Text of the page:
Guest Opinion: Are books and libraries out of date?
One might think that holding books in a library-style building is an idea that's dead as a dodo. One would be wrong.
Books and magazines and everything that's made from ink marks on crushed tree pulp might seem to be fading into the dust of history before the sweeping broom of technology.
But before you consign your parents' copies of Twain, Milton and Shakespeare to the recycling bin, consider that you can still read them without a moment's hesitation. Can you still play back your parents' 45-rpm vinyl records? They were once the height of 1950s media technology, yet now it's hard to find one, much less find a way to play it.
One of the glorious features of a book is that it is pretty much future-proof. While your parents' 45s might be available as MP3s through on online service, there is a vast array of things not captured into a digital form.
Although I work at an Internet company, and constantly use online book and content access technology in all aspects of my life, I continually reflect on the place of libraries in our society, especially here in Palo Alto, where we create the future. Here are some of my thoughts about our local libraries--I welcome your feedback and comments:
Libraries are generally defined as book containers, pieces of architecture that house media, a few reference desks and librarians — but in fact they're much more.
As an institution, libraries have evolved with the times. Originally they housed texts for reading by the cultural elite. In Benjamin Franklin's time, when a single book might cost as much as a year's wages, books were protected by libraries and access was severely limited — that's one reason he came up with the idea of a public lending library
Further back, a book in Medieval Europe (often hand-copied by monks) was literally priceless for the average person. Only the wealthy in ancient Rome had private libraries of books and scrolls.
But like any successful institution that persists for hundreds of years, libraries change with the times to fit local demands. With the mass democratization and popularity of books for the populace following the 16th century invention of the printing press, libraries came to be places where students, scholars and just plain readers could come to learn about the latest ideas as well as to the literary classics and reference materials, all in a single place and available for free.
Public libraries in particular have always been a place for learners of every age to be immersed in a world of knowledge that is much larger than what they could possibly have at home.
"Ah, but the Internet changes all that!" I hear you cry.
Perhaps, although almost certainly not in the ways you might expect. Yes, many books are available online, and the ways we can now look up and cross-index texts and content are marvelous.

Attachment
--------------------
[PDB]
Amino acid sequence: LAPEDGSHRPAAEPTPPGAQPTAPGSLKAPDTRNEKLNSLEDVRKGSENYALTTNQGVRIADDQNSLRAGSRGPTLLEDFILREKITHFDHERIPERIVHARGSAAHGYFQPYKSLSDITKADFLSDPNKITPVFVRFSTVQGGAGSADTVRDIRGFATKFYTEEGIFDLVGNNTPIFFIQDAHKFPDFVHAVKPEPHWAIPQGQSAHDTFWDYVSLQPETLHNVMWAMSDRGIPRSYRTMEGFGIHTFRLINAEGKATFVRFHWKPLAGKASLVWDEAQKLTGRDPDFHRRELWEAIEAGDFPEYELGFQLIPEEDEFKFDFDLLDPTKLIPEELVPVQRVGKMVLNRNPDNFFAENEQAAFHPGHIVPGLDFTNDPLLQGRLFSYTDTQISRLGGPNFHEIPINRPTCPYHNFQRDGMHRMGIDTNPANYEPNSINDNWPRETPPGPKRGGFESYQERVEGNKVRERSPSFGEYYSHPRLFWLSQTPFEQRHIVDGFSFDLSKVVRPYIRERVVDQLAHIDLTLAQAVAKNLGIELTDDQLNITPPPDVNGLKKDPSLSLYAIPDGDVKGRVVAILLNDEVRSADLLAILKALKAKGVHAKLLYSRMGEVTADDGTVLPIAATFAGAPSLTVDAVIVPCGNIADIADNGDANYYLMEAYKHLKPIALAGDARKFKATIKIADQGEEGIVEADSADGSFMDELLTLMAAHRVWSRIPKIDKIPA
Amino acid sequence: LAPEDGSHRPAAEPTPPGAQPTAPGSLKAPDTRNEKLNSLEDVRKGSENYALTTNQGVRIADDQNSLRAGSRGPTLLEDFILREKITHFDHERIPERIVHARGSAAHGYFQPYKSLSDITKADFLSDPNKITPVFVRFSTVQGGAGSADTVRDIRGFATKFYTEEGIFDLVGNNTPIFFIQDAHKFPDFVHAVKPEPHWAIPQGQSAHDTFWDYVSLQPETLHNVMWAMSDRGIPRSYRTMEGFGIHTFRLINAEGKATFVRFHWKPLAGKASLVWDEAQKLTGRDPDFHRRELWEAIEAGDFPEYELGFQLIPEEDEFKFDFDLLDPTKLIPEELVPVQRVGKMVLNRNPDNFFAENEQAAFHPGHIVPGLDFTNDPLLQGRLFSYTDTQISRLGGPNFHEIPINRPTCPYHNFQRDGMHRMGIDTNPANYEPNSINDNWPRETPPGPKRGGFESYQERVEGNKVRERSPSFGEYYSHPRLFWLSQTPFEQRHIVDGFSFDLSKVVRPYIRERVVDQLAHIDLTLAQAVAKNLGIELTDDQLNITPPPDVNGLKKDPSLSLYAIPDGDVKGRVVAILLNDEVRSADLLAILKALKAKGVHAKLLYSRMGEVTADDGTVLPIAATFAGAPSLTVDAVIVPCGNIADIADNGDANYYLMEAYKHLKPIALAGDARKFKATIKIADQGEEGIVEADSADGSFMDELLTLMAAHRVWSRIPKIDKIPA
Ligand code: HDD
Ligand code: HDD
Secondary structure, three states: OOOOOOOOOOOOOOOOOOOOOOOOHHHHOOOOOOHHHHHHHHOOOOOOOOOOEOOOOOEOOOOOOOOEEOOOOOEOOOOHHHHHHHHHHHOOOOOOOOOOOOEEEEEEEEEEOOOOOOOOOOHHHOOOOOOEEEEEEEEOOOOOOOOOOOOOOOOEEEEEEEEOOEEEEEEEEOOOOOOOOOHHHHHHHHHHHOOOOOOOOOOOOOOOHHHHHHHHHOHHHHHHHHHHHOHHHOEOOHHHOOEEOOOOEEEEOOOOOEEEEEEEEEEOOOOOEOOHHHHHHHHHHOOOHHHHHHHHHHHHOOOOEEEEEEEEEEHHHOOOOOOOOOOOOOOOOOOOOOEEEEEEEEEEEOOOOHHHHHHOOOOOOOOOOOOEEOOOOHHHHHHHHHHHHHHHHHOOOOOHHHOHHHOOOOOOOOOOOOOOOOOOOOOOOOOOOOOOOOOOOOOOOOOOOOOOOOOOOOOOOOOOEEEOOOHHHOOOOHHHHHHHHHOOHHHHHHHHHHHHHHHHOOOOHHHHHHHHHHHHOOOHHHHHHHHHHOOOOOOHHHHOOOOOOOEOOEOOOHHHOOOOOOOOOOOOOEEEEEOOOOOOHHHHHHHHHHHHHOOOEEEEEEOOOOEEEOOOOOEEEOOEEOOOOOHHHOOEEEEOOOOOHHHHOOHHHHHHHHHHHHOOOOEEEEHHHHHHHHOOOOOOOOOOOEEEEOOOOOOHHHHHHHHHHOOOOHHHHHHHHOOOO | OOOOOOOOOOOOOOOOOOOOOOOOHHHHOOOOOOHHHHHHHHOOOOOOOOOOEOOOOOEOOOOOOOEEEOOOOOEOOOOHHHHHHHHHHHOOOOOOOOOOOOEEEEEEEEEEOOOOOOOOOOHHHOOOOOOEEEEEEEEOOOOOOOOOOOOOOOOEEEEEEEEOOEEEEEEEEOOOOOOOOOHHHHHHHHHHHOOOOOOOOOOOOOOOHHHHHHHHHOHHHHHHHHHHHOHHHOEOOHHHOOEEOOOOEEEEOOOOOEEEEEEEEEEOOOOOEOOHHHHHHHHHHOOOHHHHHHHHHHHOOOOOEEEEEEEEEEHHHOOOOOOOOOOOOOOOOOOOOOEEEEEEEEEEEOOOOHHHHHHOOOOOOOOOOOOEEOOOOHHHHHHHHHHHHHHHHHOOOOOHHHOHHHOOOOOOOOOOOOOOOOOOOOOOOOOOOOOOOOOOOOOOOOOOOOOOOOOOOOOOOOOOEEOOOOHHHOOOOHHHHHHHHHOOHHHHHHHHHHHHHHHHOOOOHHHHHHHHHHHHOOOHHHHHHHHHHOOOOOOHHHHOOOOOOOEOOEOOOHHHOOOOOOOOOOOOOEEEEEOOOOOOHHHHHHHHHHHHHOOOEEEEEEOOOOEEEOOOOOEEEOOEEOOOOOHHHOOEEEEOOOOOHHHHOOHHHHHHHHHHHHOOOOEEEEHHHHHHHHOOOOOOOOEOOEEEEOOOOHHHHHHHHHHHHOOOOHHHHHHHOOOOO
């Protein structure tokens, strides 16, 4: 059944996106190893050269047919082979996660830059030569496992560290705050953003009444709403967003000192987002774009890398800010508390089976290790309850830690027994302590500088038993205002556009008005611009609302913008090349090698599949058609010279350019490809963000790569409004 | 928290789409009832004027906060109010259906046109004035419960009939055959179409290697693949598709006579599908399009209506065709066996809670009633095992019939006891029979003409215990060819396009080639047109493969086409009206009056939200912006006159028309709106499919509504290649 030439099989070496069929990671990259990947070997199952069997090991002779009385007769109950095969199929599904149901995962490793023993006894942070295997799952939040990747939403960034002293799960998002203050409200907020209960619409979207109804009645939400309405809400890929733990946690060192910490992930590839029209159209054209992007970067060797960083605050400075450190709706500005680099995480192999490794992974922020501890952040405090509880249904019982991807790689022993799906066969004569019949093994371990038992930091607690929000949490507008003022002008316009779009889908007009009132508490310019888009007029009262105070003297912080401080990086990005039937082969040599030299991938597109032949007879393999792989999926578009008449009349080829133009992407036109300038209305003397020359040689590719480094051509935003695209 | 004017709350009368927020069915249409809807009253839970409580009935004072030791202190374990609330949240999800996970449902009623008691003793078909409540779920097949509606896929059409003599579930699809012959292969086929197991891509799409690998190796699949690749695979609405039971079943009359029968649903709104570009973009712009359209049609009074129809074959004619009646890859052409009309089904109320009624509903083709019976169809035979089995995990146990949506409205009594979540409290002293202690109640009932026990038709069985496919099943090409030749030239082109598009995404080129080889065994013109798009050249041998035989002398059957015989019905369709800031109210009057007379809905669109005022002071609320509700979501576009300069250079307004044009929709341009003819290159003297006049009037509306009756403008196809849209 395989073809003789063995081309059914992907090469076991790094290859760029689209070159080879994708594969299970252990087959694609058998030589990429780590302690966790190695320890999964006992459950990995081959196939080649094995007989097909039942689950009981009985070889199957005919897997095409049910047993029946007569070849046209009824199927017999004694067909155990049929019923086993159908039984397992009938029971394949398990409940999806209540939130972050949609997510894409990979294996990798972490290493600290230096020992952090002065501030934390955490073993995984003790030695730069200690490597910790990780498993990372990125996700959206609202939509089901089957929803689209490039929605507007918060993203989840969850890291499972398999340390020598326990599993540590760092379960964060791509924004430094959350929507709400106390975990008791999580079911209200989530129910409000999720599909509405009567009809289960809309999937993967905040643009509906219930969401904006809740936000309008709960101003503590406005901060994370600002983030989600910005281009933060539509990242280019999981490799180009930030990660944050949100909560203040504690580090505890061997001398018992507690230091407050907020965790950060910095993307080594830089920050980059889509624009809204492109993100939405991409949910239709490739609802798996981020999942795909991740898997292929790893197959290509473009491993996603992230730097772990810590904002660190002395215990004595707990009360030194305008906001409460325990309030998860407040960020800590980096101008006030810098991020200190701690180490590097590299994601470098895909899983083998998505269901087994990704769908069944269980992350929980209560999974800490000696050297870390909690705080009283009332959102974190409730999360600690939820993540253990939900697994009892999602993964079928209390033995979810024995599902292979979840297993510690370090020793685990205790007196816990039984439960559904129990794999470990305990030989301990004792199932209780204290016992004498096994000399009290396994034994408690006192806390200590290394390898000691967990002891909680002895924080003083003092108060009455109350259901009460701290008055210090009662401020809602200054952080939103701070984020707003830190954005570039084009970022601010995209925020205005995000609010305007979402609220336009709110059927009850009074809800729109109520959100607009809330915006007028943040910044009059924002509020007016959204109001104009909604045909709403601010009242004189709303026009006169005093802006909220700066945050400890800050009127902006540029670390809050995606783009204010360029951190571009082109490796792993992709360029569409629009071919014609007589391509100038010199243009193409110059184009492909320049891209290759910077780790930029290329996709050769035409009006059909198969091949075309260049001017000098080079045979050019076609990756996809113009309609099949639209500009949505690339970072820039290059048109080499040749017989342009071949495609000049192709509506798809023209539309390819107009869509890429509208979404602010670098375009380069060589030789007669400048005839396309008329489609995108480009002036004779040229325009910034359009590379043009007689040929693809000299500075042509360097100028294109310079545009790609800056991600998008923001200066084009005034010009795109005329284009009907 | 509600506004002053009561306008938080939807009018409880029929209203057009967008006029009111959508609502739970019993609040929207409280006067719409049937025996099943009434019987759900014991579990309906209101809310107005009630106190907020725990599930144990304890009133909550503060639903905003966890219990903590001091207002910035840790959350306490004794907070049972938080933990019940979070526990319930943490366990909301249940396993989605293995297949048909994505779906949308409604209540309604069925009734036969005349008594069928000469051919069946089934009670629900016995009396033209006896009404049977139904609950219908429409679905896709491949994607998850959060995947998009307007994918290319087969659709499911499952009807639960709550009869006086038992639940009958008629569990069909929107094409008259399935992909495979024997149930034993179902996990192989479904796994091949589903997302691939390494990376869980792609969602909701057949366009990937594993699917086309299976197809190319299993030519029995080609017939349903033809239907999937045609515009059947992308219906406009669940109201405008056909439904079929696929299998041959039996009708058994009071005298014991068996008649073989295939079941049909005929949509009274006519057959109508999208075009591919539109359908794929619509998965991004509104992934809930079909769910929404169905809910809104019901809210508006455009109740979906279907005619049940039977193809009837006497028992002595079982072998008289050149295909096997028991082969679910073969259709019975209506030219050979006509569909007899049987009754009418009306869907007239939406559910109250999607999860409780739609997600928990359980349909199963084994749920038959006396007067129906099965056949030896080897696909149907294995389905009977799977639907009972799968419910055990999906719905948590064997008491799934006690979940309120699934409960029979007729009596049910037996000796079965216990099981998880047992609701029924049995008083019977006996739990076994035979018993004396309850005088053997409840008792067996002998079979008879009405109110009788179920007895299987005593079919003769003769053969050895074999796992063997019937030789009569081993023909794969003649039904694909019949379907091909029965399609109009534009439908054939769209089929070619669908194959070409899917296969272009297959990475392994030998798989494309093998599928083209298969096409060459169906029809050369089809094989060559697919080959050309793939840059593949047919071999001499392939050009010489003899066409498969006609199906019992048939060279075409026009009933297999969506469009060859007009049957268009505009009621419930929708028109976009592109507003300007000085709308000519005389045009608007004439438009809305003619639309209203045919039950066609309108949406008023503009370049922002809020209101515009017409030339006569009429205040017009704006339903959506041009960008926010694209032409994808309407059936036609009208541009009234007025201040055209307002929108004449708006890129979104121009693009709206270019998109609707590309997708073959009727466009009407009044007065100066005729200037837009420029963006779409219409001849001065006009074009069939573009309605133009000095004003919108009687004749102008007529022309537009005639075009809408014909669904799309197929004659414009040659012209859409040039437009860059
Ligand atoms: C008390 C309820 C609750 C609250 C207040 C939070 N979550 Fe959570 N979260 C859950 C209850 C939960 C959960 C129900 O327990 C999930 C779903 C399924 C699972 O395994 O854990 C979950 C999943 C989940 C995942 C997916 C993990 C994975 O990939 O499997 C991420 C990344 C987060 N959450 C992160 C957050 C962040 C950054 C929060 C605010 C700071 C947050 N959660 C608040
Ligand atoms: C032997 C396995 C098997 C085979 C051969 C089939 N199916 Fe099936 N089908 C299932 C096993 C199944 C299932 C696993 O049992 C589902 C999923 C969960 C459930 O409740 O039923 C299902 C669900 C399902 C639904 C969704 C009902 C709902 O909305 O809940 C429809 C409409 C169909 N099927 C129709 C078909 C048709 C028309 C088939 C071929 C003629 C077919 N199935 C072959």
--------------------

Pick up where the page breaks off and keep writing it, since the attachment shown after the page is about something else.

But libraries continue to evolve as well.
If you've been to one of our local public libraries, you'll quickly see that they're full of people reading, writing, working together in small groups with books, papers, laptop computers, backpacks and magazines strewn all over in a creative chaos. If everything becomes available online, why do people still come to the library?
A few quick answers: There is still a huge value in having a collection of standard references quickly and easily available in paper — meaning no boot-up time, and no peering through a screen of limited size, no charge-per-page downloaded. Another great library benefit is the staff of professional librarians who know a great deal about the contents of the information world they inhabit. They can help the reader, writer, scholar or student find what they really need.
While search is relatively easy, there is still a great deal of knowledge needed to negotiate the ins and outs of complex information spaces.
The Internet boosts a library's reach and collection, it doesn't negate its reason for being. If anything, there's an even greater need for individuals and institutions that can guide the searcher to understand what is authoritative, and provide a core collection of materials.
Finally, there is space to work with colleagues and friends. A clear table top, reference materials, a safe space and access to a world of information — it's the place to be if you're studying as student or adult learner, either alone or in a small group.
This might not be one's typical idea of a library, but it's what libraries have become — places where information is available, not just sitting on shelves, but in hands and under eyes, with places to work and people to help in the process of accessing and understanding an increasingly complex world.
Libraries are not dusty collections of texts from a past age but vital, living expressions of an information world that's in constant change. They provide a physical manifestation of the worlds of textual possibility in a place that is safe, organized and open to everyone. We need our libraries, and Palo Alto, as a place of scholarship and bastion of open access for all, needs an especially good library system.
Dan Russell is a 25-year resident of Palo Alto, living in Midtown and working at a large Web search company. He writes extensively on technology issues for both technical and popular audiences. He and his wife Lynne (a member of the Palo Alto Library Foundation) have been library advocates since they could both read. He can be e-mailed at firstname.lastname@example.org.